Now "crash" is ambiguous, but I interpreted the dialogue context to mean this caused a hardware problem.  It wouldn't have to be "in the shop" for three days otherwise.  It would be very hard, if not impossible, for a web based application (let alone a normal installed application) to destroy a laptop's hardware.  I can see potential theoretical ways, but it's hard to imagine a general application doing this. [1]  Add in the fact that Big Head is generally regarded as incompetent, it's hard to believe he could have done anything that advanced.

If "crash" caused a software based problem, such as a process foolishly running amok and deleting valuable system software (again, shouldn't really be happening for a userspace non-privileged process and shouldn't be happening with such a dumb application), this one is perhaps a bit more believable.  But a simple software reinstall and update from backup is all you need.  No need to bring it into the shop.

Season 3 - Episode 6

In this episode Richard is shown to be a lover of tab indentation in code.  He meets a girl named Winnie who codes uses spaces instead of tabs.

In one scene Richard and Winnie are sitting on the couch both coding and Winnie is programming and constantly smashing the spacebar to indent her code.  It's loud and annoying and eventually Richard can't handle it.  Hilarity ensues.

The "tabs" vs "spaces" debate is endless, but what I found interesting was the fact that Winnie repeatedly hit the spacebar to indent her code.  Today, almost every editor will automatically convert a "tab" to the appropriate number of spaces.  So there is no need to ever hit the space bar over and over again.  Even those who prefer spaces to tabs don't actually hit the spacebar over and over again, they use the tab key.

[1] - While writing this I Googled "can you program software to damage hardware" and there are some write ups with theoretical ideas that seem to confirm my suspicions.

Friday, July 8, 2016

Heroic Programming/Engineering in Hollywood

Once in awhile when I'm watching a tv show that includes some programming/engineering, I am amazed by the level of "Heroic Programming" or "Heroic Engineering" capabilities of the characters.

The one I've noticed the most is Timothy McGee on NCIS.  At multiple points in time McGee is capable of engineering solutions to help solve a crime on the order of an afternoon.  These are feats that would take people days to months.  On a few occasions McGee single handedly developed data mining algorithms and capabilities that probably bordered on the capabilities of Palantir.

Keep in mind that McGee has mastered these heroic capabilities, despite the fact that he doesn't even program as his day job.  So he has seemingly developed all these abilities as a side-task and/or hobby.

Another one I saw recently was on the show Silicon Valley.  While the individuals on the show are atleast full time engineers, they seem to have epic capabilities.  A very small team of just three engineers seems capable to engineer everything, on every platform, in every domain, without flaw, and at lightning speed.

Sunday, July 3, 2016

Dinner @ Delage in Oakland, CA

Delage is a relatively new sushi restaurant in Oakland.  They only offer a 8 course omakase/tasting menu, but it's a very affordable $65 dollars.  The sushi chef there was the former sushi chef from Maruya, which got a Michelin Star while he was there.

So a very affordable omakase from a Michelin star sushi chef in nearby Oakland?  Sign me up.  Here's what the meal looked like.

1) amuse bouche - tuna, mountain yam, cucumber

First up was this amuse dish.  Overall, light, refreshing, and tasty.  A good start to the meal.

2) cherry tomato salad - bing cherries, ume-shiso pesto, confit cherry tomatoes

Our first official course was this salad.  The foam you see on the dish is a yuzu foam which was quite citrus-y.  The pesto and ume sauce were delicious.

3) salmon with Himalayan salt block, Miyazaki beef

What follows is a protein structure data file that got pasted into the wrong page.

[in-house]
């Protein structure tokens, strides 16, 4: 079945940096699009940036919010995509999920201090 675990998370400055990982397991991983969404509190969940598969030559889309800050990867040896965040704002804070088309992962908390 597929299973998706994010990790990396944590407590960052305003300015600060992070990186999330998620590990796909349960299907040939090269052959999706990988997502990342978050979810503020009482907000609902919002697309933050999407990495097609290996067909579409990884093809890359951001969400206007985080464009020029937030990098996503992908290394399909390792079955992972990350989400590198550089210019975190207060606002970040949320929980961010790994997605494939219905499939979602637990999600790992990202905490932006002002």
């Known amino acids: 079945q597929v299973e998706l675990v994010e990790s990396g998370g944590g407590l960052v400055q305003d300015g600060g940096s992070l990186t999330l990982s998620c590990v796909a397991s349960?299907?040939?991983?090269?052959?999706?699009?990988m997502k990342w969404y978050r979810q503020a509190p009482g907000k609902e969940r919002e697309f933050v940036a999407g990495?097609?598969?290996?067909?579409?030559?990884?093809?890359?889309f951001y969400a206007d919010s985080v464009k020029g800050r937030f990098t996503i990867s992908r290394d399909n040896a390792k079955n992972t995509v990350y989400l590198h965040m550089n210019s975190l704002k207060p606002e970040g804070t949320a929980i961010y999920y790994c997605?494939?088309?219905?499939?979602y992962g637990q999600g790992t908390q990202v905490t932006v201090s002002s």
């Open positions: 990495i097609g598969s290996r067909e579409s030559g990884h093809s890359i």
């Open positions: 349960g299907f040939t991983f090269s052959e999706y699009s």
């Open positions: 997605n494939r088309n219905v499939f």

This course above was for both me and my date, so we each got one each of the beef & salmon.  I liked the salmon, as it had an interesting salty-kick after having sat on the salt block.  The beef was ok, not as strong a flavor as I was hoping for.

4) nigiri

Our next course was four nigiri sushi.  From left to right we have tuna, sardine, iwana (arctic char), and ika (squid).  Overall, all were delicious although I think I liked the ika/squid the most.  In most places I think the squid is a tad tough, but this was really soft and "smooth".

5) chilled green asparagus soup - bay shrimp, pencil asparagus

Next up was this asparagus soup.  Overall tasty, although on a relatively cool night I think a warm soup would have been better.  I wouldn't blame the restaurant.  We'd recently gone through a heat wave, who knew this random night was gonna be cool :-)  On a much hotter day I probably would have loved this way more.

6) smoked baby corn - togarashi aioli, fried quail egg, cotija cheese

Next up was this interesting dish.  This was not the baby corn I'm used to from Chinese take-out dishes.  The corn was larger and thicker than that, so it was from some variety I'm unfamiliar with.  In addition, underneath it was threads of husk from the corn.  Apparently this variety's husk is soft enough that it's tender enough to eat.  With the aioli, this was delicious.  Probably by favorite non-sushi dish of the night.

7) seared liberty duck - maitake mushroom, senmoto negi, plum compote

Next up was this duck dish.  I really liked the plum compote sauce, although with the relatively thin-cut slices of duck I think it overpowered the duck a bit.  If the duck was cut thicker, I think it would have worked out better.  The senmoto negi (green onion) was a bit on the charred side for my taste, but perhaps that's just me.

8) nigiri

Next up was the second course of sushi.  From left to right we had spanish mackerel, hamachi (yellowtail), snapper, and a scallop donburi.  Overall good although I preferred the first set of nigiri with its stronger flavors.  My girlfriend liked this set better because she prefers the more mild flavors.  So to each their own.  However, we both agreed the scallop donburi was delicious and possible the best sushi/sashimi of the night.  You may have trouble seeing it in the picture, but there are small cubes of soy-sauce gelatin on top that sort of melt/explode in your mouth.  It was really tasty.

9) homemade strawberry ice cream, strawberry coulis

And finally some ice cream for dessert.

Overall, I was happily full and not too stuffed at the end.  For $65 dollars, it's a relatively good deal for a 8 course omakase meal.  I wouldn't say the meal was as good as Kusakabe, but you're also getting a much better price.

My only knock against Delage on this trip is there was a bit of timing issues in their service.  A few dishes came out cooler than perhaps optimal.  However, I want to be fair to them.  They opened on June 7th, so this is a relatively new place and may be working out the kinks.  This was only their fourth weekend in business and with it being the July 4th weekend, it's possible it was the first time they have been fully booked.  I expect things to be optimized in time.